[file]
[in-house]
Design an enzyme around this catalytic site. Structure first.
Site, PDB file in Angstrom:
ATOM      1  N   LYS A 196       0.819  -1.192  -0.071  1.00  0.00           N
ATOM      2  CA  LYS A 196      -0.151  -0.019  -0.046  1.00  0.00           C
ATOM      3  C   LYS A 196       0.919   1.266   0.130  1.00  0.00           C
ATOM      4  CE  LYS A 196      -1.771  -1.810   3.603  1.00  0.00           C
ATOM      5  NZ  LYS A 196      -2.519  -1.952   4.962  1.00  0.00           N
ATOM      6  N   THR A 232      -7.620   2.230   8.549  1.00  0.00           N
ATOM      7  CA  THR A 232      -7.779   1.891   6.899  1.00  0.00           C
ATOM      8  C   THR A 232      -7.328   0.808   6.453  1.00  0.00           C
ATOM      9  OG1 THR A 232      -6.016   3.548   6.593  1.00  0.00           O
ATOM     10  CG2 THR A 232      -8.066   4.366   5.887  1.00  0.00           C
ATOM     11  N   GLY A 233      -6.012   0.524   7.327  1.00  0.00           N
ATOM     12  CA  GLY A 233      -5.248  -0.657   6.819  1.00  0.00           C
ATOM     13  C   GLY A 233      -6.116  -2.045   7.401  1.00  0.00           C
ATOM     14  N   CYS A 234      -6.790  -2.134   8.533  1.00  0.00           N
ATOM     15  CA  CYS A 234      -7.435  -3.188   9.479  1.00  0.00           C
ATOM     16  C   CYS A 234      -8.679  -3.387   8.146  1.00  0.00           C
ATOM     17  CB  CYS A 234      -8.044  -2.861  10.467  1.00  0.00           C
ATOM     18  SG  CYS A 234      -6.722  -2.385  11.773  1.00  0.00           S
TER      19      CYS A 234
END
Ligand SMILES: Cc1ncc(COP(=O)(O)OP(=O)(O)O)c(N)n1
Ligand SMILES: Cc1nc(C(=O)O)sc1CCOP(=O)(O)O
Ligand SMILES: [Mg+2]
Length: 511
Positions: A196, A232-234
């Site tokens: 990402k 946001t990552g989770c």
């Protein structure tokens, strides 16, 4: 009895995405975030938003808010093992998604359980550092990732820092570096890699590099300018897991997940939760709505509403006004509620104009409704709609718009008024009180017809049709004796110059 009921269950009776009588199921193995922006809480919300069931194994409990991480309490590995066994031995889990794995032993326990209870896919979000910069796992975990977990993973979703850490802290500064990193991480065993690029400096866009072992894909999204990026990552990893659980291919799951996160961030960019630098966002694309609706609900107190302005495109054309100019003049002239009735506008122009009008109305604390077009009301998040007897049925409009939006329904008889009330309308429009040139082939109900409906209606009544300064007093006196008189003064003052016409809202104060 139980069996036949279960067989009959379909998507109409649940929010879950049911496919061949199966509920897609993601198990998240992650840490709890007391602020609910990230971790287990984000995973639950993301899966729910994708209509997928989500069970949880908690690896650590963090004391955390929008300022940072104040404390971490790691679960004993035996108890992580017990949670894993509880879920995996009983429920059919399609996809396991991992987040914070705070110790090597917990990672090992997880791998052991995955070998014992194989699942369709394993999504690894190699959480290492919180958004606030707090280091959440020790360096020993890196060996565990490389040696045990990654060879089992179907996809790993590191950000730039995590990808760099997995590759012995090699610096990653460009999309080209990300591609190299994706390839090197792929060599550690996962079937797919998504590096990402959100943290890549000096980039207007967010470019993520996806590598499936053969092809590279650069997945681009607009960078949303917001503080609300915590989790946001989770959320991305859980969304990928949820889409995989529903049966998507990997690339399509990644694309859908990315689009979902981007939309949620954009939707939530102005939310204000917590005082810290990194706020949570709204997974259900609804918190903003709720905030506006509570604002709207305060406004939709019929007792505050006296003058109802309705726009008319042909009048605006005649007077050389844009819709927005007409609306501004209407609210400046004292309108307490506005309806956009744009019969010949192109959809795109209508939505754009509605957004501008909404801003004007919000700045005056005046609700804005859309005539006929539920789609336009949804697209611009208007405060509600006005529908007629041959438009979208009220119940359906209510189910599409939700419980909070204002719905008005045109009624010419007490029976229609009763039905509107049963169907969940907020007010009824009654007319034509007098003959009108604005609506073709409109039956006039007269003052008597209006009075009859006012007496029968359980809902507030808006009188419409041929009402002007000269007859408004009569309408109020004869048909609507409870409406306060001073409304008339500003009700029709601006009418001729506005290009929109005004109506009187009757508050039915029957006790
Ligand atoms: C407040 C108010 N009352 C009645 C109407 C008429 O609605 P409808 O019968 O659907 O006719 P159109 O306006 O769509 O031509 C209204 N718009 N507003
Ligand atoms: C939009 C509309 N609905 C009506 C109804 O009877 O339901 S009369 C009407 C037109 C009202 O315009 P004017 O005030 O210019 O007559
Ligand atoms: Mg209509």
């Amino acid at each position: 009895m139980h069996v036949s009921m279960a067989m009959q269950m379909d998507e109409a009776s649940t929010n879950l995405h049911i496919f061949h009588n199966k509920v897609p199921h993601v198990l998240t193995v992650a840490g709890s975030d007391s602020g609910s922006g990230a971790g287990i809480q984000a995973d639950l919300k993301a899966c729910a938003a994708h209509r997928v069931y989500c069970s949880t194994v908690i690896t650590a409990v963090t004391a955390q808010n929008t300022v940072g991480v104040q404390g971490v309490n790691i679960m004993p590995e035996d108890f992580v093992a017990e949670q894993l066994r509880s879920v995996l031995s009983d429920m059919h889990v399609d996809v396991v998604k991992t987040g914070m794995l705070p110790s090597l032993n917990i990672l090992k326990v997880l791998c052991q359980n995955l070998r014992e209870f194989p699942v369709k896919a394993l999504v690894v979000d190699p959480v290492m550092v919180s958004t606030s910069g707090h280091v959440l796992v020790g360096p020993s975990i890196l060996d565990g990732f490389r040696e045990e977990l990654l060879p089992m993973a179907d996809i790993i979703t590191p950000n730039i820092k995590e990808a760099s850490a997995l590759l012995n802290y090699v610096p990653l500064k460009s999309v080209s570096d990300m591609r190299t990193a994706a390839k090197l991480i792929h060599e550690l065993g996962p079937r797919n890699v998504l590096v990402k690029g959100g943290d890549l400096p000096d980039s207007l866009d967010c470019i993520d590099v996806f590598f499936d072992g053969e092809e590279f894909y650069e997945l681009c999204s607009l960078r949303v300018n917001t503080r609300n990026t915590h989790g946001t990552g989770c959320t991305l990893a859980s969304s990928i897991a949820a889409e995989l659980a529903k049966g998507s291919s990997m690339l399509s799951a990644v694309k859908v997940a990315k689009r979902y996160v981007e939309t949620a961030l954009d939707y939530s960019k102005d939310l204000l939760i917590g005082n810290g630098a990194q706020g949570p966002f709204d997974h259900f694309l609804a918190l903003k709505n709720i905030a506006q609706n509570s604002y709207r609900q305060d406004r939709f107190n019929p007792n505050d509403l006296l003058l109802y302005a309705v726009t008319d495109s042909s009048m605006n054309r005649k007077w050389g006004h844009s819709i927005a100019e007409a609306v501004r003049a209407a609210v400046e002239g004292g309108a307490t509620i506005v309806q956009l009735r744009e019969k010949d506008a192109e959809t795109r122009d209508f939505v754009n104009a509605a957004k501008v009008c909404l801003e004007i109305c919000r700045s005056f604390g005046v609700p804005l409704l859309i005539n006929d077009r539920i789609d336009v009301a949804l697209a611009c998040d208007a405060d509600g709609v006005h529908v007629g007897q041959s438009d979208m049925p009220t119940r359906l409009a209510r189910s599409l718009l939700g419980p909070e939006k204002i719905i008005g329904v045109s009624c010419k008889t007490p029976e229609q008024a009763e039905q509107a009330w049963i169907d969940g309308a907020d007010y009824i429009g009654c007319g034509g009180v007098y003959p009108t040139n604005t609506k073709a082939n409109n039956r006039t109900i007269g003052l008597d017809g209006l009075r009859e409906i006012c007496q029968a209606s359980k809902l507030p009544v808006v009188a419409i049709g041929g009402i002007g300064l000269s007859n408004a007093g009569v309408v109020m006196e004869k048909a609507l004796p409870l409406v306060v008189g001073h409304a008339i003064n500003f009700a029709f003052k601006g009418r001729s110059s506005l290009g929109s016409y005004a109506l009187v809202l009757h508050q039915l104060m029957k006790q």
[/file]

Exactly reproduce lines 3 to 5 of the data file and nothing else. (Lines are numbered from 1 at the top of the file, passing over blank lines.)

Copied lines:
Site, PDB file in Angstrom:
ATOM      1  N   LYS A 196       0.819  -1.192  -0.071  1.00  0.00           N
ATOM      2  CA  LYS A 196      -0.151  -0.019  -0.046  1.00  0.00           C